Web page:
Welcome!


This is a membership forum. Guests can view 5 pages for free. To participate, please join.

[ Pitmaster Club Information | Join Now | Login | Contact Us ]

Only 4 free page views remaining.

Announcement

Collapse
No announcement yet.

Brinkmann Smoke n Pit Mods

Collapse
X
 
  • Filter
  • Time
  • Show
Clear All
new posts

    Brinkmann Smoke n Pit Mods

    I am relatively new to smoking and new to the pit but i picked up a Brinkmann smoke n pit professional off Craigslist for free (I know they arent the best smokers but it was the right price and figured it would be good to tinker around with as i learn some of the basics). Pic below are the "before pictures"

    I am planning a few modifications in the hope that it will actually produce acceptable results:

    1. Sand out rust and paint with ceramic high heat coating (rustoleum)
    2. Extend smoke stack to grate level
    3. Add a tel tru thermometer at grate level
    4. Use a airfryer cookie sheet as a baffle
    5. Maybe raise the grates in the firebox for increased air flow and add a damper and ash catcher underneath?
    5. Seal with stove gasket sealant/lavalock padding

    Any other suggestions or advice would be appreciated! I know its not the best cooker but I am trying to mod it out to something acceptable for $100-200

    Thanks in advance
    Attached Files

    #2
    I would try to add some sort of heat sink with your baffle, such as bricks (if they'll fit) or sand. Once that cookie sheet heats up it won't do too much by way of heat protection (airflow, yes), but with something else of substance you'll likely have a better time evening out temps. And maybe leave a small gap right up against the firewall side, so that some hot air can make it through and there isn't too much protection resulting in a potential cool spot. If you can use a couple smaller cookie sheets leaving a gap between them, this would likely help you as well. This would mimic what's known as "tuning plates" in other stick burners. You can orient them as needed to level out temps as you like.

    Next, a welding blanket over the firebox will help keep more heat inside and going into your cook chamber, just don't cover your firebox's handle...ask me how I know that one! If you can cover your cook chamber too, so much the better, but if only one then insulate your firebox with a blanket first.

    Comment


    • comyers331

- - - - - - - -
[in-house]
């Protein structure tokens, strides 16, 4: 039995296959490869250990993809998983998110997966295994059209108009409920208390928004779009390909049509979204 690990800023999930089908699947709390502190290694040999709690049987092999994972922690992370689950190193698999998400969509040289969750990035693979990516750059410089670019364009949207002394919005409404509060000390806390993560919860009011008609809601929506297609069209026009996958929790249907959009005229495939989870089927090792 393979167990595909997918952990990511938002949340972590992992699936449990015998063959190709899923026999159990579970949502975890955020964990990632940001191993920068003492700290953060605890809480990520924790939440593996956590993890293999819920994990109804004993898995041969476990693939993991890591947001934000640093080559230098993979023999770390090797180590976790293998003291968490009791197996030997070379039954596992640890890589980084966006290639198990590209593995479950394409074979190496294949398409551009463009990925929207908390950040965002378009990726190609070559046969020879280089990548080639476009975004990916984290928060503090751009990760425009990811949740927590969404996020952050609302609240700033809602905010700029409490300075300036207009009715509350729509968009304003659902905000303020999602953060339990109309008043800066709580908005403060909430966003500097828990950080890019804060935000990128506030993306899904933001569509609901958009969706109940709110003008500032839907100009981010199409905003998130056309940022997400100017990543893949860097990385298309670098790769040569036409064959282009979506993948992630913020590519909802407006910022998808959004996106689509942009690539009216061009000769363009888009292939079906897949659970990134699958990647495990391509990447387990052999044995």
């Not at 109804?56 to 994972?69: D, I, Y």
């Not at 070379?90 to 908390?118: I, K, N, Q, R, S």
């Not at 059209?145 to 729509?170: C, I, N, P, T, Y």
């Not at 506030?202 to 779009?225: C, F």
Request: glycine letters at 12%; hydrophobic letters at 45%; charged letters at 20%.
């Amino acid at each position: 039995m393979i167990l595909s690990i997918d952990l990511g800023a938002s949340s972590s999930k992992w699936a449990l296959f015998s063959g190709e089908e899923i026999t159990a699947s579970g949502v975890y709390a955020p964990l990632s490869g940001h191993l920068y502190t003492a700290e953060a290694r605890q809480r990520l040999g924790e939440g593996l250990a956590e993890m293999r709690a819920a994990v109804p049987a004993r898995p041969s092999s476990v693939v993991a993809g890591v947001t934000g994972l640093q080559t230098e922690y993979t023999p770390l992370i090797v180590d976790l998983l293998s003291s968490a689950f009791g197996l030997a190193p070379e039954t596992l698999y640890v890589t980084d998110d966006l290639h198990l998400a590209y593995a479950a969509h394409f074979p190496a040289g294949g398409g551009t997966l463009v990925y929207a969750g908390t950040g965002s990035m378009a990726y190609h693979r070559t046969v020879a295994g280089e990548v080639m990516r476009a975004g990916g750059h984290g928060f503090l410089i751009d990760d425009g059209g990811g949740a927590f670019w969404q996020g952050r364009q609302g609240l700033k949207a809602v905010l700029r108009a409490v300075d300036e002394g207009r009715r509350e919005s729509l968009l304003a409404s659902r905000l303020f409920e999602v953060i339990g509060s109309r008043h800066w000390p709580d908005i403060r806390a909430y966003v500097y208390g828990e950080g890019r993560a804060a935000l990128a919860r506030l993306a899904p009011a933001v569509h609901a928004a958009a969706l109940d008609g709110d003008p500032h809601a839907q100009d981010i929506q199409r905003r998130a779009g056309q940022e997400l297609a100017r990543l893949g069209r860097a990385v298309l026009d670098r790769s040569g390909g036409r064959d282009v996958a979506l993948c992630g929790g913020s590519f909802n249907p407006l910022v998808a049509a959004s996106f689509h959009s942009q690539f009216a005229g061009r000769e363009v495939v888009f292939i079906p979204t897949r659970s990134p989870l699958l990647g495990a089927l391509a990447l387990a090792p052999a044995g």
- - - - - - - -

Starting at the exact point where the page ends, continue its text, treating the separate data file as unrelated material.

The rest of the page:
comyers331 commented
      Editing a comment
      Thank you! And good point on the use of bricks or cookie sheets as tuning plates.. I was thinking foil covered bricks (as i already have those materials handy) vs lava rock or tuning plates. Thoughts?

      I was thinking through how to insulate the firebox and a welder blanket is a great idea - thanks again

    • Huskee
      Huskee commented
      Editing a comment
      comyers331 Foil covered would be helpful with cleanup for sure. Experimenting with diff setups will be helpful until you find the sweet spot.

    #3
    Another thing I found helpful was to buy a fireplace log rack for inside my firebox, to keep the wood off the bottom of the firebox and keep it from getting surrounded & snuffed out by the ash. Depending on the dimensions/height of yours you might be able to find one to fit on Amazon, or some other similar device.

    Click image for larger version

Name:	log rack.jpg
Views:	836
Size:	11.7 KB
ID:	1172980

    Comment


    • comyers331
      comyers331 commented
      Editing a comment
      Thank you - i am going to look into that - i like that idea instead of cutting a whole in the bottom of the firebox to give ash an outlet and create room for air under the fire

    #4
    Free is good, very good. You will learn the fantastic way, sorta the hard way, although not to hard. Light a Fire & keep cookin! Ya

    Comment


    • comyers331
      comyers331 commented
      Editing a comment
      Thats the plan!

    #5
    : I Bought the Cheapest Offset Smoker at Home Depot and Made a Brisket - YouTube
    Perhaps cheap has more to with longevity than function. Looks like a fun project for the unlazy.
    Happy Grilling to you.
    Last edited by bbqLuv; February 11, 2022, 09:37 AM.

    Comment


      #6
      Nice score! I used one of those for 20 years or so and made some pretty good Q on it. I'm sure you'll do the same.

      I extended the smoke stack all the way to the bottom using corrugated aluminum dryer vent tube. That way it'll draw the hot air and smoke from the top all the way down to exhaust it. It reduced grate area slightly, because I shifted the grate leftward so the tube could reach the bottom.

      I added that thin silver insulation (as shown in the photo below and found at Lowes) to the right side of the cooking chamber, including the end. If keeping your cook temps to 225-275 F, it won't get hot enough to damage that stuff and it will really reduce the temperature difference right to left.

      I used common bricks in the bottom to add more thermal mass which seemed to reduce big swings.

      I bolted a common bread loaf pan to the inside on the left just above the hole to the fire box and filled it with hot water periodically throughout the cook. (note the teapot on top of the fire box.

      I used lump charcoal (usually one large chimney's worth, less if really hot out) and added wood chunks for smoke. The chunks were pretty small and didn't add thick smoke. I pre heated the chunks on the firebox before adding. To get the smoker started, sometimes I would add two chimney's worth one after the other to get it good and hot right away.